Saturday, December 31, 2022

End of the Year

So it's New Years Eve. We're watching the annual Japanese NYE performance show Kouhaku on NHK, as we usually do. We had sushi for lunch today with my mother-in-law. Did a bit of shopping (new shirts for me and Flynn, books & stationary for Hanna and Steven). Not a bad way to end the year. 

As for the new year, I will NOT be taking part in the Dungeon23 challenge. Not that I've got anything against it. I've just about completed a 300 encounter area 3 level dungeon for my TS&R Jade game. I have about 20 rooms left to key. I don't need another dungeon of similar size in that campaign. 

I will be striving to finalize the GM advice/running the game book for TS&R in the new year. It's the book I really don't need as a reference when running the game, and it's the closest to a rehash of BX/BECMI, or your favorite retroclone anyway, so it's been a struggle to keep interest in it. Also my waffling between making it a bare bones "here are the procedures for dungeons, wilderness, urban, and dominion adventures" and full on "hey, you're new to running RPGs, so here's how to do it" levels of detail. 

A couple of months back I read through what I'd written as GM advice in both Flying Swordsmen and Chanbara. I think there's some solid advice in there. And it seems like there has been some need for something to explain not just basic procedural play, but a bit of game design philosophy for people either new to RPGs or coming to the OSR after having started with newer editions or other games. So I'd like to write the more detailed, full on book, but that's obviously more of a challenge. 

And who am I? That's a big mental stumbling block for me. 

But when I did a test of a bare bones book, it seemed so incomplete. 

Obviously, it will end up somewhere in the middle. 

I just need more free time. Actually, I have the time. I just need more "spoons" to get this done. Seems like work and family duties sap most of my mental resources these days. Not sure if this is some sort of long covid funk, or just that I'm getting older and under a bit more pressure than before. Anyway, for the handful of people waiting for me to release TS&R, the system is working well in play. I just need to get that GM book together and I'll have a complete game. Well, sort of two, since I've got "Western" and "Eastern" books for player characters and for monsters. The GM book, however I write it, will be usable with both sets of player/monster books.

Wednesday, December 28, 2022

Motivating the Players

The assumption of traditional D&D play is that the PCs are after treasure. The assumption of more modern D&D is that the PCs are going on a heroic quest. Now, these two objectives can be merged, but it's not easy. The object of a quest can easily be a piece of treasure. Just look at any Indiana Jones movie for an example. The problem is that, if the treasure is the end goal, why collect all this incidental treasure along the way? Why give up searching for the MacGuffin to haul a load of coins back to town? Or if simply making that One Big Score is the goal, why keep adventuring once it's been achieved? 

In my current D&D game, the TS&R Jade campaign, I have a feeling that the players are waiting for me to drop a plot on their heads. That there will be a Big Bad Evil Guy to defeat, or a grand quest for the Great Googly Moogly MacGuffin, or some big Earth-Shattering Apocalypse to thwart. But I've just got a local area with towns, castles, caves, ruins, and factions waiting for them to explore it.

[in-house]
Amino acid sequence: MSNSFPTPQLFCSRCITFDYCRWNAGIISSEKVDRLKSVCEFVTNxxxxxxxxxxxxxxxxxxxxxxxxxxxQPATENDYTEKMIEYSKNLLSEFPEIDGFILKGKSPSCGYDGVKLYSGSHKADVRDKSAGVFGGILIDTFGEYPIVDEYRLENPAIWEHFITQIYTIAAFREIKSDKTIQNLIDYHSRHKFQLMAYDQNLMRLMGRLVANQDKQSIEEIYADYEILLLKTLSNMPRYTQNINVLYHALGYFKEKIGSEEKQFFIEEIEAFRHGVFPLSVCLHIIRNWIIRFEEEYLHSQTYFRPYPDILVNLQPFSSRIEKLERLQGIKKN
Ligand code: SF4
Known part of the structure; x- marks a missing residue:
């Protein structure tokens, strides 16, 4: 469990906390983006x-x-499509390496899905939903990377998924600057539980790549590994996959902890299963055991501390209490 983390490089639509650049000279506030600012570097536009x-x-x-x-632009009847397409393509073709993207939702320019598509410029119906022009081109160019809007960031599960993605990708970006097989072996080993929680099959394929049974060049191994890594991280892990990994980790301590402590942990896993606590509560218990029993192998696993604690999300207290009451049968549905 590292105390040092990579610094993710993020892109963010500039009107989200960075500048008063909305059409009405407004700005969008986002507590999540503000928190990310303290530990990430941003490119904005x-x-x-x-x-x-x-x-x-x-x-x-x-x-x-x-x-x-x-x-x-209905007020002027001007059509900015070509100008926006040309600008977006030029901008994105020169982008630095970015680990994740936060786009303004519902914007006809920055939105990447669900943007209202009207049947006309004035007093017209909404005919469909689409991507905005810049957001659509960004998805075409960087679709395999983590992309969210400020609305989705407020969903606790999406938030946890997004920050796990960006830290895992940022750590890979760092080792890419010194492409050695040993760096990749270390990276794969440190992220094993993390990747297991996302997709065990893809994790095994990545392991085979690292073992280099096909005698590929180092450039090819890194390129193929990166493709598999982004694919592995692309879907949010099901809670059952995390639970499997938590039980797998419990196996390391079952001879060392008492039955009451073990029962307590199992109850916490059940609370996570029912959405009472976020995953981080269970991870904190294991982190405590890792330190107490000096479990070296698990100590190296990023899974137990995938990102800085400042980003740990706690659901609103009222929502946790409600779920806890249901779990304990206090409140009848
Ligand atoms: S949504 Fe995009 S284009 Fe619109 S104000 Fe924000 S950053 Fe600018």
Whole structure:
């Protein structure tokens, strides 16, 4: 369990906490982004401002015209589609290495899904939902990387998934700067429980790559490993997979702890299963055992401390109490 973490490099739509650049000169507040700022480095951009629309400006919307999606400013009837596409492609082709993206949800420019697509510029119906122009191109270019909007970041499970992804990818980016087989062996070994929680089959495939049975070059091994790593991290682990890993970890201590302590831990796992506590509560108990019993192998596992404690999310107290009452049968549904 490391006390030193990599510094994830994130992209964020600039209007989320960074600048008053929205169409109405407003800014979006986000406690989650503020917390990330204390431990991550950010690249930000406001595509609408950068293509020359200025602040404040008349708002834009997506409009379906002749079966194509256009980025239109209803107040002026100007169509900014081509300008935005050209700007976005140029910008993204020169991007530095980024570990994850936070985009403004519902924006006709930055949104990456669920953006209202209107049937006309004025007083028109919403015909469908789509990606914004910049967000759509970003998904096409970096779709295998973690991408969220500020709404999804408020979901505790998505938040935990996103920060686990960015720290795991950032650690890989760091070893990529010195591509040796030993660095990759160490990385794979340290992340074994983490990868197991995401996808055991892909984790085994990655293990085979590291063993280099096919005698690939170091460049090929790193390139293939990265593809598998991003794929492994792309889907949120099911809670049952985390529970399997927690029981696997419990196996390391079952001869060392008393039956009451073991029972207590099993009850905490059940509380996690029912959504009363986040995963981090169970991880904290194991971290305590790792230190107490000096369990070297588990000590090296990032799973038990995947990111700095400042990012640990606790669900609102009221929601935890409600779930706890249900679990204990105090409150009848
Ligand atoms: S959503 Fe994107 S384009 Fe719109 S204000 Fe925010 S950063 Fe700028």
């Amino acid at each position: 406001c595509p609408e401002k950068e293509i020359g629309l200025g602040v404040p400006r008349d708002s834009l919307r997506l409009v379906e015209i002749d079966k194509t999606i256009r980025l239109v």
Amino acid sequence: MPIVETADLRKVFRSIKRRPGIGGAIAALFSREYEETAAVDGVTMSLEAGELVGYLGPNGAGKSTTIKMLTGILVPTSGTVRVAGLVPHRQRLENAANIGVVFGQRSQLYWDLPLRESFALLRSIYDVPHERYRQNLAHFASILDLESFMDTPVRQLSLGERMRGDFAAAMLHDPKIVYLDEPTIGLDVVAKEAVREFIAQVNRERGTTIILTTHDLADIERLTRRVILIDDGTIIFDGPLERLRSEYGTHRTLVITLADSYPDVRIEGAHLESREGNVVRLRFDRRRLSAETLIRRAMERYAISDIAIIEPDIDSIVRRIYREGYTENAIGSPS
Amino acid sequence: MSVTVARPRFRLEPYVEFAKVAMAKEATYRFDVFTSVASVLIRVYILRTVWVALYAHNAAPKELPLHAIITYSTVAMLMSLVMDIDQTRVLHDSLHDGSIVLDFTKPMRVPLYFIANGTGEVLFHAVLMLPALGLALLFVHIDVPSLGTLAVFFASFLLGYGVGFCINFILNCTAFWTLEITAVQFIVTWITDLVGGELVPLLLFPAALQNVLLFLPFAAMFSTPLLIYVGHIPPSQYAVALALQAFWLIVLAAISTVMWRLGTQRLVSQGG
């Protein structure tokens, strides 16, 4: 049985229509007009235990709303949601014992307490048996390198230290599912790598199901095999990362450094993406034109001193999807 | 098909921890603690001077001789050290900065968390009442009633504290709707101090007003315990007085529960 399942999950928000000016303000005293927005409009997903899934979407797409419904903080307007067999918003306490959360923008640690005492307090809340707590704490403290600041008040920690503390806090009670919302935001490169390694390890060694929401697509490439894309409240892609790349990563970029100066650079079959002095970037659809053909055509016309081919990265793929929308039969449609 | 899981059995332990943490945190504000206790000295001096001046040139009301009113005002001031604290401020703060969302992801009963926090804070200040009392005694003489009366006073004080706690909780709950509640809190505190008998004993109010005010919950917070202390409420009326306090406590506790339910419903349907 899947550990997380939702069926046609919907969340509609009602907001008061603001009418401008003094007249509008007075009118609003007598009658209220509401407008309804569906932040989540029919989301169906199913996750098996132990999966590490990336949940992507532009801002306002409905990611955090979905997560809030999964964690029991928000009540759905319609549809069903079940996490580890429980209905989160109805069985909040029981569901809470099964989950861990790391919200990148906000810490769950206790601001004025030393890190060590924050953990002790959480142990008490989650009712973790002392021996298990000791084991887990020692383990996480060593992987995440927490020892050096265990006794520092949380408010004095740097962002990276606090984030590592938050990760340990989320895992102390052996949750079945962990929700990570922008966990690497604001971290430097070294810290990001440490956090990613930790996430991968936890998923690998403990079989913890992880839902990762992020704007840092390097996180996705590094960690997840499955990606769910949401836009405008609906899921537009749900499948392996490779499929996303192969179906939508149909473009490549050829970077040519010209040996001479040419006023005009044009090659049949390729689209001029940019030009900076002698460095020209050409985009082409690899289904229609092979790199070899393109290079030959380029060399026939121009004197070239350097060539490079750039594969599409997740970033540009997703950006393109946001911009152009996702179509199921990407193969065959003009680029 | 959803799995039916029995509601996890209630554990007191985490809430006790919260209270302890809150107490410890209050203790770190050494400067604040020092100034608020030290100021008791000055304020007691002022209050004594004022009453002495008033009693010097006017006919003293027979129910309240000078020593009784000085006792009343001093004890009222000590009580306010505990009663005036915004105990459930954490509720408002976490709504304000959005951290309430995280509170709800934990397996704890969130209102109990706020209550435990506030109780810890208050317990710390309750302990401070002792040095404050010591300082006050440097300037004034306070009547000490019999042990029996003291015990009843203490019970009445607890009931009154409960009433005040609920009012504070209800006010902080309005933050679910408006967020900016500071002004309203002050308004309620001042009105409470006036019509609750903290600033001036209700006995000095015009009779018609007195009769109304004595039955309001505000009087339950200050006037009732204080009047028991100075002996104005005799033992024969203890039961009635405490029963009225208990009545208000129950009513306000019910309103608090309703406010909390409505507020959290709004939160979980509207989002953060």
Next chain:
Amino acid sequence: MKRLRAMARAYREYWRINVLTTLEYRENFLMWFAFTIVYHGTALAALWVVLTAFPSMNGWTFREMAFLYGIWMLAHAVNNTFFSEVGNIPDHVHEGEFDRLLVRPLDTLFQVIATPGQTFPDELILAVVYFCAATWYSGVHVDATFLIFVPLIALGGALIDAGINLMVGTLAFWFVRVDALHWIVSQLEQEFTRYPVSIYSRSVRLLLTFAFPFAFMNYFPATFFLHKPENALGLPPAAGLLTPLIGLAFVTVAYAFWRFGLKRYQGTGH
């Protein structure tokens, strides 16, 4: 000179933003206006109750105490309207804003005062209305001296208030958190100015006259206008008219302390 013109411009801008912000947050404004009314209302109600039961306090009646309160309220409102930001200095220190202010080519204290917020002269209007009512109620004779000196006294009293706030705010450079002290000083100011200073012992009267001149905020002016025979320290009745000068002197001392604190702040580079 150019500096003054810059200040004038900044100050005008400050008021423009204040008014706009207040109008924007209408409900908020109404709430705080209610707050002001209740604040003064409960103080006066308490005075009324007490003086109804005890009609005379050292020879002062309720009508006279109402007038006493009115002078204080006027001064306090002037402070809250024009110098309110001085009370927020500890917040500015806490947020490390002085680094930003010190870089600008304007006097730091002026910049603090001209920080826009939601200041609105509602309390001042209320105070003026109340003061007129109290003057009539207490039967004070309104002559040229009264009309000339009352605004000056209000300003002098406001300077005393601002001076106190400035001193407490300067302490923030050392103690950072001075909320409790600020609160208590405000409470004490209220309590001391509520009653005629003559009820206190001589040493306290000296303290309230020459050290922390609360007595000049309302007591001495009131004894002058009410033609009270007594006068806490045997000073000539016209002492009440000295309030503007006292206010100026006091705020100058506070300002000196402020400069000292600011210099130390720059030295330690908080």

The game has been on hiatus due to various events and the holidays, but when we start it up again in January, I want to make a few small shifts in the game to hopefully bridge this gap. 

1. Give the players the DM map. No, not the dungeon maps and keys, but the overland map that has all the dungeons they could have found if they'd gone out to explore the wilderness. West Marches was all about going out to explore the unknown, and I started this new campaign still in that mindset. But the players aren't in a "go out and see what's over that hill" mindset. So best to pull back the curtain and show them the places near town where they can find adventure and treasure. 

2. Ask the players to provide their motivations. I got this idea from the Bandit's Keep YouTube channel. He suggests, after setting up an adventure, just asking the players directly what their motivations would be to actually engage with this, whether it's a dungeon, an event, a faction, or a quest. Get them involved. So when we start up again, I'm going to ask the players to answer these questions: 

  • Why does your character need to find treasure?
  • What would your character like to find?
  • What would your character like to achieve?
  • What is the party's current goal?

Hopefully, answering these questions will help get the players in the mood to treasure hunt, and also to feel more engaged with the world. When they can't answer a question, that's when I can provide them with some setting information to help them find an answer and get a better sense of the world. Or point them to a location on the map and let them know that they might get their answers there. Also, I can use their answers to tailor some of the locations that I haven't fleshed out yet to their desires.

Tuesday, December 27, 2022

Serendipitous Afternoon

I had my first free afternoon in quite a while. Classes are finished, grading is finished, papers are at the journals. Plus, this morning, we made food to take to my son's school for "international lunch" (we made Kraft mac-n-cheese, plus homemade taco salad). So I didn't go into the office.